Due to the complexity of movement, it was not feasible to calculate the loading on the bearings from the six independently moving cylinders. A detailed solid model of the bearing was created in Solid Works and captured directly in Algor using In CAD Plus for Solid Works, without translation to a neutral file format. The model was fully constrained at the stainless steel inset in the center of the bearing. The engineering team decided to analyze a worst case scenario, applying an artificially high static load to the bearing.
In addition to the bearing analysis, Iwerks requested another analysis to verify that the welds of the motion base also would withstand the dynamic loads created by actuator movement and the presence of simulated passengers. A detailed solid model of the motion base was created in Solid Works and transferred to Algor in the same manner as the previous model. A load that would have been distributed to three mounting plates was applied to just one mounting plate in the vertical and horizontal directions.
The points where the seat is attached to the frame were fully fixed for the static analysis. The results showed only moderate stress levels in the structure despite an artificially high load case. The welds in the seat frame performed well under the applied loads.
The static analyses conducted separately on the bearings and seat frame yielded low to moderate stresses as well. While the results were favorable, both the consulting firm and the client were not convinced that the results portrayed an accurate picture of the mechanical system behavior because of the number of assumptions and simplifications made in the static analysis.
The author recommended building a complete, fully detailed, full-motion computer model of the simulator that could be used to run the motion profile at hand as well as new motion profiles as they are developed for future films. Stresses on the equipment can change with every new motion profile, so Iwerks needed an engineering model that could run each motion profile and produce results.
With the help of Algor's technical support, the engineers determined that replicating the actuating movement of the hydraulic cylinders using Algor's new actuator element technology and Mechanical Event Simulation software was the best method of evaluating real dynamic loads over time. In addition, a reliable computer model based on a de tailed CAD solid assembly would help all involved to better understand the dynamics of the design and apply this knowledge to future programming and simulator design decisions.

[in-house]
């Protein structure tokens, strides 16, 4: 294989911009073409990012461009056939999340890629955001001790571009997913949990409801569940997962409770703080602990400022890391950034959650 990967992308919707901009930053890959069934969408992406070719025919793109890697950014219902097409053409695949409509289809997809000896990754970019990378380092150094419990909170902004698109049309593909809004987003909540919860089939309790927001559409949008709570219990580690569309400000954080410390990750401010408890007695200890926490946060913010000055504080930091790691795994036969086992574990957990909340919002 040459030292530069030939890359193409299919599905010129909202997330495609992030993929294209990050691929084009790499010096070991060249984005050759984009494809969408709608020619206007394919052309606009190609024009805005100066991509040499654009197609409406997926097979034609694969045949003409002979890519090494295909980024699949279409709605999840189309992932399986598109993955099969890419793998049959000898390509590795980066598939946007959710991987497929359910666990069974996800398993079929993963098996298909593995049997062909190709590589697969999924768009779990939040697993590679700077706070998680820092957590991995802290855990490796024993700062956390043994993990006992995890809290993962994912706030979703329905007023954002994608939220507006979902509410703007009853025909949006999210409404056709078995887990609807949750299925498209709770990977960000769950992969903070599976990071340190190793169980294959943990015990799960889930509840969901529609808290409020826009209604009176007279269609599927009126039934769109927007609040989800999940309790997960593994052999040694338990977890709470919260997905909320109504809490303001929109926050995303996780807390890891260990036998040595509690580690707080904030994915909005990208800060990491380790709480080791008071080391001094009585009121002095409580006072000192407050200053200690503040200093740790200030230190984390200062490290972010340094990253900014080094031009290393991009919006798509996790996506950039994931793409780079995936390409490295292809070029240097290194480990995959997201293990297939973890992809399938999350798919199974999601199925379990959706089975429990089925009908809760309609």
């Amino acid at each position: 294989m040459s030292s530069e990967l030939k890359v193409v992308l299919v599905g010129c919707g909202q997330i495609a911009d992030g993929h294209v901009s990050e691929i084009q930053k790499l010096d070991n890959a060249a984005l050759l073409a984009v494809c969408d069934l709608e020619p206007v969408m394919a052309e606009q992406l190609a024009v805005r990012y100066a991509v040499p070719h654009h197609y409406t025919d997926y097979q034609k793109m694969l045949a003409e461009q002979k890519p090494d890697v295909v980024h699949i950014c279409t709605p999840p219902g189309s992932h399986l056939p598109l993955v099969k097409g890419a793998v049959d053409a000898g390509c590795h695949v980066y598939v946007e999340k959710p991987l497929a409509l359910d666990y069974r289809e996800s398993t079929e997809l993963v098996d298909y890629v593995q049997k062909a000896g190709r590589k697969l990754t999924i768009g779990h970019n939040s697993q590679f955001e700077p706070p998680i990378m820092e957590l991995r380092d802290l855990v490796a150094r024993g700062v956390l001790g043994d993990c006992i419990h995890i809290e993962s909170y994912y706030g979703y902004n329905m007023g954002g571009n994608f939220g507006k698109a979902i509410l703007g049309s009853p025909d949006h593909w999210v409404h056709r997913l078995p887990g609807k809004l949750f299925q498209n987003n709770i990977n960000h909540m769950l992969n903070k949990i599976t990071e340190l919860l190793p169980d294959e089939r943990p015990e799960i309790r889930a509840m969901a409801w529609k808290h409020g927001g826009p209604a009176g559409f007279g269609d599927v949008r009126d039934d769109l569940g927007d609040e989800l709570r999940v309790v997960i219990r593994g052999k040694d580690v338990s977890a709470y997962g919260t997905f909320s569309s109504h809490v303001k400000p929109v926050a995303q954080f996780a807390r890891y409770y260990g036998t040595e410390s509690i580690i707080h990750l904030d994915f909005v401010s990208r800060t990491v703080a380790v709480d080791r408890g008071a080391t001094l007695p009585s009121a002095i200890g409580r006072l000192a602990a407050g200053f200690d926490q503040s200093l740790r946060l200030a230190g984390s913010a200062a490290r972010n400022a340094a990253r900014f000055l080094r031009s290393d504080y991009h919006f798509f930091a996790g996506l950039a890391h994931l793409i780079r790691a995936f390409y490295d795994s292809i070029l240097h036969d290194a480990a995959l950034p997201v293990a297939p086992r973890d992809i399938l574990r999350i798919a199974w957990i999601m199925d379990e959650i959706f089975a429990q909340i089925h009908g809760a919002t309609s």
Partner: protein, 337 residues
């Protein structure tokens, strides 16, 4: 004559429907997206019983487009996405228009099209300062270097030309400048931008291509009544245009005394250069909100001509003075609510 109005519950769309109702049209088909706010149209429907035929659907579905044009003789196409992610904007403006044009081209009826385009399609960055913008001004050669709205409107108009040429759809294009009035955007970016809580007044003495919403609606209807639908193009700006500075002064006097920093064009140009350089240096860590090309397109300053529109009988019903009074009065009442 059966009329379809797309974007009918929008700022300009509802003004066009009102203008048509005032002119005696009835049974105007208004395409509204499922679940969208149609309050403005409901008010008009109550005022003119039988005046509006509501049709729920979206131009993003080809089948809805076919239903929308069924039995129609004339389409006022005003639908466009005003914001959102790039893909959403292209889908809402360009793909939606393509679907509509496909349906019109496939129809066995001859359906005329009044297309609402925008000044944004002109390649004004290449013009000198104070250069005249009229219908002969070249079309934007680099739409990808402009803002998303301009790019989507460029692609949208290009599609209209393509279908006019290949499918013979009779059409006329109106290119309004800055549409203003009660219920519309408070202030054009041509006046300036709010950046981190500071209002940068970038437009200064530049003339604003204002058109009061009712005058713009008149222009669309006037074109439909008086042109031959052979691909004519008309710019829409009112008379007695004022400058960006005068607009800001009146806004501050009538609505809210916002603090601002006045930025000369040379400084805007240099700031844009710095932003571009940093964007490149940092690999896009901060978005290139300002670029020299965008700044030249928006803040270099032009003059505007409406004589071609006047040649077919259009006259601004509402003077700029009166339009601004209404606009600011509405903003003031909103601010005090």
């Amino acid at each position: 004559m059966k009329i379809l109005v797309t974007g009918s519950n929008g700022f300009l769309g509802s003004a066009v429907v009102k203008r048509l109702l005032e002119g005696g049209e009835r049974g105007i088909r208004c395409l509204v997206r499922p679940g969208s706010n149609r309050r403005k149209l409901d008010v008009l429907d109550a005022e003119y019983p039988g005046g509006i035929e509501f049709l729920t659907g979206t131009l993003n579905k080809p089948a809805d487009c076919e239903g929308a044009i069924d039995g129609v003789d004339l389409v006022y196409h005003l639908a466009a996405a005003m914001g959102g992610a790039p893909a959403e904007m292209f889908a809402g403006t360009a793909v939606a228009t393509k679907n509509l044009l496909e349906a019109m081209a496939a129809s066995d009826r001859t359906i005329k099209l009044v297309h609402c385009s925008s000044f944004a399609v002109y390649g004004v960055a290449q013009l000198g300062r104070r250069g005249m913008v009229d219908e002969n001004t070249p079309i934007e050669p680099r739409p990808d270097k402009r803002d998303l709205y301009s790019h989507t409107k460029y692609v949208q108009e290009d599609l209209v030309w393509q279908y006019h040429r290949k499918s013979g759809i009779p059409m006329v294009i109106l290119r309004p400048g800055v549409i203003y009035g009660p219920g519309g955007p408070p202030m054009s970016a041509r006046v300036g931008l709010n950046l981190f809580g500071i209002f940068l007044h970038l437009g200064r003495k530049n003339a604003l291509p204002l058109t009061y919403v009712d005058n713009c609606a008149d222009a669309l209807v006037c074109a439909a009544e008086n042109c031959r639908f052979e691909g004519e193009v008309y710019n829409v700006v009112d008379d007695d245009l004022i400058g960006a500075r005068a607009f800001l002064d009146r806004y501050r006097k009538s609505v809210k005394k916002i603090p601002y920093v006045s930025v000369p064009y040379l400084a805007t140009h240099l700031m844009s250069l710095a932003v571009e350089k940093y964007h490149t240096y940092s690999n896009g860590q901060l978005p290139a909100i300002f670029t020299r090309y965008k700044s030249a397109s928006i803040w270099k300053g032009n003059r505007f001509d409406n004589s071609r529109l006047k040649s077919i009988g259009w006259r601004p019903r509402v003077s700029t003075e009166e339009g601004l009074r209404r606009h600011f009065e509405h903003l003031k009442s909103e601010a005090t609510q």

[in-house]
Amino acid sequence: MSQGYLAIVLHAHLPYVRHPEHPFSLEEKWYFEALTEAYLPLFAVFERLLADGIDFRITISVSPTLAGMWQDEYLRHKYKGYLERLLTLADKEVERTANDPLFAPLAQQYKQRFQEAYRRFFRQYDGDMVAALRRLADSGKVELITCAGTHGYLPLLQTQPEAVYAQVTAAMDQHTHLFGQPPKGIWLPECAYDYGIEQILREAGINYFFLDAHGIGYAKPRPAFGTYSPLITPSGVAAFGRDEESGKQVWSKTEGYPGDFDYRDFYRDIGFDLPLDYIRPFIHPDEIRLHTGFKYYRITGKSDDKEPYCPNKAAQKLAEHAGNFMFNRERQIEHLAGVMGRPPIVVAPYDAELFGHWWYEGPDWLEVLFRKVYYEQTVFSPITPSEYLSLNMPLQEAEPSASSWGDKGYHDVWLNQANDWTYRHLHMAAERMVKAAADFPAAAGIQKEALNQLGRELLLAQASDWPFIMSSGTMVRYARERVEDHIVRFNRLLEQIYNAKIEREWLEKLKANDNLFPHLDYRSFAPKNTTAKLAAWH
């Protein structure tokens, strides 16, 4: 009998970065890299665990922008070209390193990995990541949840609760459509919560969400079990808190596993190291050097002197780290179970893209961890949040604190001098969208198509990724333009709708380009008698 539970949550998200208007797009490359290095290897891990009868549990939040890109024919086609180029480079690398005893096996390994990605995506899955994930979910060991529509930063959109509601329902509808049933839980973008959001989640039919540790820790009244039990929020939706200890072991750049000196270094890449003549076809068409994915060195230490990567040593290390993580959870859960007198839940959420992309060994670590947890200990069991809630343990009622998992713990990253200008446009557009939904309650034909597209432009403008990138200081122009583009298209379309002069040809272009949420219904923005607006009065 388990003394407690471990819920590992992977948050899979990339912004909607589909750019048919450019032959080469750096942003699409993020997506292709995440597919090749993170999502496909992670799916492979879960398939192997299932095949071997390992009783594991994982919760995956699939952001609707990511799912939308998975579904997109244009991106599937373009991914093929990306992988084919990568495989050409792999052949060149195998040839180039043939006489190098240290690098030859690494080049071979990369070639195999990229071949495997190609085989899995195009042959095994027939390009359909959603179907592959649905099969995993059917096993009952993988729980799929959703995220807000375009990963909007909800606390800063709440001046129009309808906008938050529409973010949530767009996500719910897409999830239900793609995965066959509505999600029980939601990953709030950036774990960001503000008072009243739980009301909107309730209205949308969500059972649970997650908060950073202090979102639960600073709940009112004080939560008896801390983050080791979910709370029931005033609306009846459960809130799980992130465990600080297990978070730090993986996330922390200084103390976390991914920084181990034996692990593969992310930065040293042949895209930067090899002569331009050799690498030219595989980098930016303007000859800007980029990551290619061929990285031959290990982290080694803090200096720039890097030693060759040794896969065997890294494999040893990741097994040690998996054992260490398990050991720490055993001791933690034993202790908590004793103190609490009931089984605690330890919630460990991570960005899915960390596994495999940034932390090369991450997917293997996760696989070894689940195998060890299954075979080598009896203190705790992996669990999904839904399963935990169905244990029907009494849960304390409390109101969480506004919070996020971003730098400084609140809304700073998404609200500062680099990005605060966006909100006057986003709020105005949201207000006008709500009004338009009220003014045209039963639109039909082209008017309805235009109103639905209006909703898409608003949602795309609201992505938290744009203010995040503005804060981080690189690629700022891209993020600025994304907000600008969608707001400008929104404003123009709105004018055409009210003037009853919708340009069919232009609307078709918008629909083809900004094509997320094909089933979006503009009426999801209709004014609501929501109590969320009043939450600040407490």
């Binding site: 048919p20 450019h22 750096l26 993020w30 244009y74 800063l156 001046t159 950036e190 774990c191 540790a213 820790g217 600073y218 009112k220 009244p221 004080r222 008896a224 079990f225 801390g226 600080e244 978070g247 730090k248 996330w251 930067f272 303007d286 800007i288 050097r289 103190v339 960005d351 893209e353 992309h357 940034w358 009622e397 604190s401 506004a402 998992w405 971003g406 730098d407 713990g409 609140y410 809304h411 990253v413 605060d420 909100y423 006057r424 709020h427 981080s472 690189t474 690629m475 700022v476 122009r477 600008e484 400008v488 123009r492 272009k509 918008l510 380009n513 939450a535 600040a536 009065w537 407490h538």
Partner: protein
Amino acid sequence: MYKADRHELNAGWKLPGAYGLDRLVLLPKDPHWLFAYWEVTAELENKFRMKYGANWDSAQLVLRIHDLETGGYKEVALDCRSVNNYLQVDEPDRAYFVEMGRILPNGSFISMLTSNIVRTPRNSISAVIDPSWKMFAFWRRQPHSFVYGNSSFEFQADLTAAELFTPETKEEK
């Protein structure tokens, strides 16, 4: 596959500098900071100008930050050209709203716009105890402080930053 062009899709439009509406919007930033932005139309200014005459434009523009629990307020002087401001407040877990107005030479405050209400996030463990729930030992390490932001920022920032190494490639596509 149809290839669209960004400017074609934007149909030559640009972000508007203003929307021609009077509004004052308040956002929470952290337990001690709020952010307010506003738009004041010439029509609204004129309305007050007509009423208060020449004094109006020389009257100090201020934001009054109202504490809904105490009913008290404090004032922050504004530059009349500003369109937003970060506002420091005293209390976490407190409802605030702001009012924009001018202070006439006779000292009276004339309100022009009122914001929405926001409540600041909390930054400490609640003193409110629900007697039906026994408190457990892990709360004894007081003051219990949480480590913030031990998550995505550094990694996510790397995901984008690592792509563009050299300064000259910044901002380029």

At the onset of the MES, the dynamic load calculation problems encountered in the linear static stress analyses were eliminated. MES simulates motion and flexing simultaneously to calculate stresses over time, so that forces are determined intrinsically by the software. MES is physics-based, not assumptions-based. Therefore, engineers could rely on the "known" physics of the event-the. weight of the simulator and passengers, gravity, pressure, and displacement of each cylinder over time-to unfold as the event was processed. Using this data, Pribonic Engineering and Consulting was challenged to simulate the six degrees of freedom motion capability of the simulator ride in order to determine dynamic stresses in the bearings.
For a simple MES, such as a manually shifted lever, the engineer simply specifies a prescribed displacement or, if it is known, the force needed to set up the MES. Then, the software will compute the acceleration and resulting stresses. In the case of the simulator, applying prescribed displacements for each cylinder to get dynamic motion and stress results over time was not feasible. At best, stresses could be determined at just one instant in time if this approach was used with the available software capabilities. Such an analysis would yield a similar result as a motion load transfer analysis, in which loading determined in a kinematic analysis is applied to a static stress analysis. The client had already agreed that this would not meet the safety analysis requirements for the project.
The complex actuating movement could be simulated using a new actuator element technology. Actuator elements are engineering elements (like contact or dashpot elements) that replicate linear extension and contraction movement in three-dimensional space, typical motion for hydraulic and pneumatic cylinders and for electric solenoids. An actuator element, which appears as a line, was used to represent each cylinder in the finite element model.
To proceed with the MES, the engineers created a detailed CAD assembly of the simulator that would be captured for finite element modeling. Engineers at Pribonic Engineering and Consulting modeled more than 100 individual components based on Iwerks' drawings and merged the components into five subassemblies. The surfaces of the subassemblies were meshed separately.
Once the subassemblies were meshed, they were merged into one model in Superdraw Ill. While some detailed surface matching was needed to align welded components in the seat frame, very little surface mesh enhancement was performed. The initial finite element model contained approximately 500,000 elements-far too many for a reasonable analysis processing time.